My friend Stacey who blogs here is waiting. Years of trying and disappointment, fertility treatment and finally falling pregnant with a couple of worries along the way, is now overdue and waiting impatiently for her little man to come. Her sweep is today and we are hoping he is the best Mother's Day gift ever!
Another friend a couple of years ago had an angel baby, a beautiful term boy, but with congenital heart disease, who fought valiantly but died. This little boy was conceived through IVF, she had another round of treatment, but it failed. They had all but given up hope. This week, she gave birth to a healthy, naturally conceived baby boy, her rainbow. I could not be more overjoyed and I smile when I think of them.
I'm thinking of all those mothers today who are sitting by incubators, by hospital beds, who are praying and waiting and hoping. For whom Mother's Day is not about flowers, chocolates and meals surrounded by family, but an anxious and uncertain time, a time of fear, of guilt and of sadness with a curious mix of joy thrown in.
There are mothers for whom the future is unknown, who have children born prematurely and are struggling, with disability, with uncertain diagnoses. And I think of those mothers who have been through so much and its not over.
I am thinking of dear friends, who I count as mothers, but are waiting anxiously to be approved for adoption, their journeys with infertility leading to the decision to say "enough, there is another way". The journey is long, and not straightforward, but their tenacity, resilience, and never-failing love is beginning to blossom already.
In my thoughts also are those for whom their families are complete before their time, like me. A dear friend, who is much younger than me, had awful bleeding following her emergency c-section and returned to theatre for a hysterectomy. They are now facing surrogacy to give their child a much wanted sibling.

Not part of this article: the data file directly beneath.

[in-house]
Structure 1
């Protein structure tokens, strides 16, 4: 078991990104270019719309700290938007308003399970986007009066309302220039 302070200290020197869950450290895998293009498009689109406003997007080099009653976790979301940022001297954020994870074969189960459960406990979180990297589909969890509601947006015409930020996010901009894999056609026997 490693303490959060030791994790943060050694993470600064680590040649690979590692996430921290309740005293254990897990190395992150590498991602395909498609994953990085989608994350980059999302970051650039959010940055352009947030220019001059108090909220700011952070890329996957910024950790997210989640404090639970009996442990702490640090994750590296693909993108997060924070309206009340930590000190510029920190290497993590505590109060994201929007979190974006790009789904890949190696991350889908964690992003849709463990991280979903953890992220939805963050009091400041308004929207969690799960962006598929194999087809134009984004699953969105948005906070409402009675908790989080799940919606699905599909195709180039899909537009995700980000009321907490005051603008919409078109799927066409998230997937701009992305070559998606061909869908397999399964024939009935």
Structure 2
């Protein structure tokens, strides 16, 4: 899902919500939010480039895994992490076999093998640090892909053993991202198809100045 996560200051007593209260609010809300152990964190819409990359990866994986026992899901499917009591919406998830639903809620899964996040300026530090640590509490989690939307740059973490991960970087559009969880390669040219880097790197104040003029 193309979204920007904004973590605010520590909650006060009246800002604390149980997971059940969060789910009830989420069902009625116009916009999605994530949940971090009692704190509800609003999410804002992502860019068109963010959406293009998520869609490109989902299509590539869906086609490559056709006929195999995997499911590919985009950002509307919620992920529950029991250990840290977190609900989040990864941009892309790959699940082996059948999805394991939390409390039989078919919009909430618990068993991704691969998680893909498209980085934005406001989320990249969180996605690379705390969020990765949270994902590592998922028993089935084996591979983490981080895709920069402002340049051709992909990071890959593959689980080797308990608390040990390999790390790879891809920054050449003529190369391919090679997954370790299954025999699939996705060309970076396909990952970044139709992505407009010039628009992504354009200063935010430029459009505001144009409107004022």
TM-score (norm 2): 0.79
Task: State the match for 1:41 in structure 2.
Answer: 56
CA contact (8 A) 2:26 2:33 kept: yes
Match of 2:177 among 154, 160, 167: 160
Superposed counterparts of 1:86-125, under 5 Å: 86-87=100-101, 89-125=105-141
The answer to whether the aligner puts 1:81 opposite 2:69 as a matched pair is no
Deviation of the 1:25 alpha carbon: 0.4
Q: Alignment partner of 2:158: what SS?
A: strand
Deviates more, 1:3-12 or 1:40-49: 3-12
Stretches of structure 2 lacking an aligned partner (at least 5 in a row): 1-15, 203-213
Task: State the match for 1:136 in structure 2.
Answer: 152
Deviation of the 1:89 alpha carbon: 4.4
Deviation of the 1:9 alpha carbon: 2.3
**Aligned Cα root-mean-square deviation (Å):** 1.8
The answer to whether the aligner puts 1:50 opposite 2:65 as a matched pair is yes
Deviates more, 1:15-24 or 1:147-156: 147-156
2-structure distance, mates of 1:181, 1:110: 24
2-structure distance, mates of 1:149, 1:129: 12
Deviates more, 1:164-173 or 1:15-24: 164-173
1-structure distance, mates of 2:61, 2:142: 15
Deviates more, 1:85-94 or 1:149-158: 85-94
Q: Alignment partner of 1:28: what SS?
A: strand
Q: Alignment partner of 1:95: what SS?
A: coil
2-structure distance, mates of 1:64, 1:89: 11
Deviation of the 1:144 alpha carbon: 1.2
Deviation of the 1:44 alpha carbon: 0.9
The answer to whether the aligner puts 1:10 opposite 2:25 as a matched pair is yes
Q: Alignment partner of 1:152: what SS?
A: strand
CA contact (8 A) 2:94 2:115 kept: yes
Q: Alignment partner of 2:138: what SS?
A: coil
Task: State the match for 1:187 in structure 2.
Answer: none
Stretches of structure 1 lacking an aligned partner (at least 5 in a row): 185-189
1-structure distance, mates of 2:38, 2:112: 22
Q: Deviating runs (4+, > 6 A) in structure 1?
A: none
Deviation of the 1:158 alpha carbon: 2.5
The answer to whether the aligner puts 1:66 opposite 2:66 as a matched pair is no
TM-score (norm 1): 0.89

I am thinking of those who have lost their babies, through still birth, mid and early term miscarriage, and neonatal loss. There are too many mothers who grieve, and today I think of them.
Mothers are amazing. We are resilient, knowledgeable and strong. We cry and we grieve. We love. We love so deeply. We care, not only for our own young, but for others.We give our time, whether it be formally for charities, or informally, sharing with our mum friends over a cuppa or a glass of wine. We are there.
If there is anything this journey has taught me, it's about the uncertanly of motherhood. Nothing is ever guaranteed, as much as we like to think it is. We can do all the right things, follow the rules, but things can, and do, go wrong.
But the greatest thing I have learnt is the resilience of mothers. their love, their strength, their honesty, their endurance. It does not matter how you mother, or how you became a mother, whether your babies are with you, or are angels, or are waiting to be born or to come to you through fostering or adoption.
You are a mother. And you are wonderful.